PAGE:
There is typically a laid-back and relaxed type of vibe at the Big Red Breakfast, where Husker fans get face-to-face interaction with NU coaches once a week. Usually a few tough questions will surface, but most are high-arching softballs: Here’s a topic and answer how you wish.
Not Friday. Not six days after one of the worst defensive performances in coach Bo Pelini’s tenure.
John Papuchis was on hand and the passionate Husker fans in attendance, purposeful and direct in their phrasing, had specific inquires they wanted their defensive coordinator to address.
Papuchis did his best during 45 minutes of Q&A, though he did get a little testy when he thought a fan was questioning the team’s goals. National championships are always the top priority, according to Papuchis. “There is a perception that we’ve lowered our standard — and we haven’t,” he said.
More highlights are below. We’ll have much more on Papuchis’ speech in Friday’s Metro edition of The World-Herald. There’s something about his new job that he didn’t fully expect… (How’s that for a teaser?)
Now, on to the highlights!
>> Junior Zaire Anderson will start at “will” (or weakside) linebacker for Nebraska Saturday, Papuchis said. Redshirt freshman David Santos is expected to play at that spot, too.
>> The question of the week, it seems: Is Nebraska’s defensive scheme too complicated? Papuchis says no. “There’s always that middle ground that you have to try to find, to make sure that you’re doing enough defensively to be effective — but you also, obviously, want to get your best players on the field.”
>> What’s up with the pass rush (or lack thereof)? Philosophically, one of the Huskers’ top priorities is to limit big plays in the passing game, so keeping more guys in coverage is often NU’s strategy, Papuchis said. That puts “a lot of stress” on the D-line, he said. “We limit their ability to turn it loose at times, and just wildly and recklessly rush the passer because of the way in which we match routes on the backend.”
>> One more pass rush quote from Papuchis: “There’s six gaps with four rushers, and those guys have got to do the best job that they can to keep that (QB) in the pocket — because there’s nobody else looking at him.”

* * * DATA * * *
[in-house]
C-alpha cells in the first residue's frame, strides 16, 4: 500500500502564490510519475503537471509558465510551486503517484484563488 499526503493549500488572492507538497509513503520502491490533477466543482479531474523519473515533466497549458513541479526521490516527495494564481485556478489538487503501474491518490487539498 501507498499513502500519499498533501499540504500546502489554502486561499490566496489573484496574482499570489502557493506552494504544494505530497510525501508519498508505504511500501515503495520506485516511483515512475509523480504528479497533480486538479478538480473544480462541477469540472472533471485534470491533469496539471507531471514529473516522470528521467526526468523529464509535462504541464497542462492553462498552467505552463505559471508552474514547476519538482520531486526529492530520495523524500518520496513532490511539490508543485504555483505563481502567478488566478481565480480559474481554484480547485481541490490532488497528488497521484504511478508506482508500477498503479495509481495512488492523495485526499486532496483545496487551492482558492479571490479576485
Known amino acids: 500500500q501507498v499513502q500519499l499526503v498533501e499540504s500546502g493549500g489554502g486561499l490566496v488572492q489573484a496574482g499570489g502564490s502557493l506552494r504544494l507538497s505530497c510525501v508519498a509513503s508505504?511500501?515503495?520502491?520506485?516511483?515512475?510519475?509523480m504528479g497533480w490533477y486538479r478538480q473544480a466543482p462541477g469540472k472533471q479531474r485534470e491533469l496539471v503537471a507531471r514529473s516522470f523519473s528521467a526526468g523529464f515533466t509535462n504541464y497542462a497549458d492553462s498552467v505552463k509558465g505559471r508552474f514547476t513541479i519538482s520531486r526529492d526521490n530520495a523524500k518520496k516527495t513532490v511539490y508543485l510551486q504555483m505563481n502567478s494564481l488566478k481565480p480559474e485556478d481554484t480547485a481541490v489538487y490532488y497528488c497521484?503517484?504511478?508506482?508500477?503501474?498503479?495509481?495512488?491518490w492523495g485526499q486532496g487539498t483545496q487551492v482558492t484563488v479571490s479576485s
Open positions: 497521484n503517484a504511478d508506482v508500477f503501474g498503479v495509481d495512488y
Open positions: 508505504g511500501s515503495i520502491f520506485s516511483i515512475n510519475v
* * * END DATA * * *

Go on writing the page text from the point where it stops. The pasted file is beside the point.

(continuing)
>> Papuchis said members of the Husker defensive coaching staff have visited Alabama, Florida and Oklahoma during the last two offseasons.
>> UCLA’s pre-snap motions on offense seemed to fracture Nebraska’s defensive scheme a bit last week. Why? The offseason objective was to avoid stale play calling when opponents increased their tempo, Papuchis said. “We didn’t want all the window dressing of UCLA to force us to become very vanilla, very predictable. … We didn’t adjust as well as we would have liked.”
>> Papuchis on the defensive linemen getting into their stances a yard off the line of scrimmage: “This has kind of become its own topic that’s kind of created its own monster running around out there.” … The ends and tackles do have to play off the ball to some degree in this defense, Papuchis said. “We initially backed our guys off two years ago to give them a better opportunity to play their technique,” he said. It was 6 inches. Then a foot. There’s a middle ground somewhere, and changes could be coming, according to Papuchis. “We don’t want to give so much ground that we become soft at the point of attack,” he said.
>> Was there anything that the defense did well against UCLA? “At any point during the game?” Papuchis asked, as a smile emerged. Everyone laughed. … Then someone asked about the disparity in field position. And then someone wondered why the tackling was so poor. And then Papuchis had to tell everyone why linebacker Will Compton was twice matched up man-to-man with a speedy running back (bad calls, he said). … So, not too much room for levity Friday.